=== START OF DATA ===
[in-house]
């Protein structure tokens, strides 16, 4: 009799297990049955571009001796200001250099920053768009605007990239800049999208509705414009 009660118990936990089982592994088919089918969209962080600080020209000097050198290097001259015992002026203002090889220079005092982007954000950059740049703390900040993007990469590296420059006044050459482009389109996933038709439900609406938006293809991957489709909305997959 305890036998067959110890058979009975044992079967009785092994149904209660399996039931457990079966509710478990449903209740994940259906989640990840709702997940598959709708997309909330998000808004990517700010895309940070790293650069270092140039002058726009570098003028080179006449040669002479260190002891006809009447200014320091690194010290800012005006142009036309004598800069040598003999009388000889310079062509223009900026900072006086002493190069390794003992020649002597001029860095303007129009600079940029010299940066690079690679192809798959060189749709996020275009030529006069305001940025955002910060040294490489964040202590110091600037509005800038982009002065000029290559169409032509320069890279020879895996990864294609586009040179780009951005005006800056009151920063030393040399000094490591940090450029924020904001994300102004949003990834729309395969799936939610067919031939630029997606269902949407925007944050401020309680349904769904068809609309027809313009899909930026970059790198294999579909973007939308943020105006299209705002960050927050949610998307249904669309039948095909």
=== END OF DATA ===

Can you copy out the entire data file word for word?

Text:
[in-house]
């Protein structure tokens, strides 16, 4: 009799297990049955571009001796200001250099920053768009605007990239800049999208509705414009 009660118990936990089982592994088919089918969209962080600080020209000097050198290097001259015992002026203002090889220079005092982007954000950059740049703390900040993007990469590296420059006044050459482009389109996933038709439900609406938006293809991957489709909305997959 305890036998067959110890058979009975044992079967009785092994149904209660399996039931457990079966509710478990449903209740994940259906989640990840709702997940598959709708997309909330998000808004990517700010895309940070790293650069270092140039002058726009570098003028080179006449040669002479260190002891006809009447200014320091690194010290800012005006142009036309004598800069040598003999009388000889310079062509223009900026900072006086002493190069390794003992020649002597001029860095303007129009600079940029010299940066690079690679192809798959060189749709996020275009030529006069305001940025955002910060040294490489964040202590110091600037509005800038982009002065000029290559169409032509320069890279020879895996990864294609586009040179780009951005005006800056009151920063030393040399000094490591940090450029924020904001994300102004949003990834729309395969799936939610067919031939630029997606269902949407925007944050401020309680349904769904068809609309027809313009899909930026970059790198294999579909973007939308943020105006299209705002960050927050949610998307249904669309039948095909």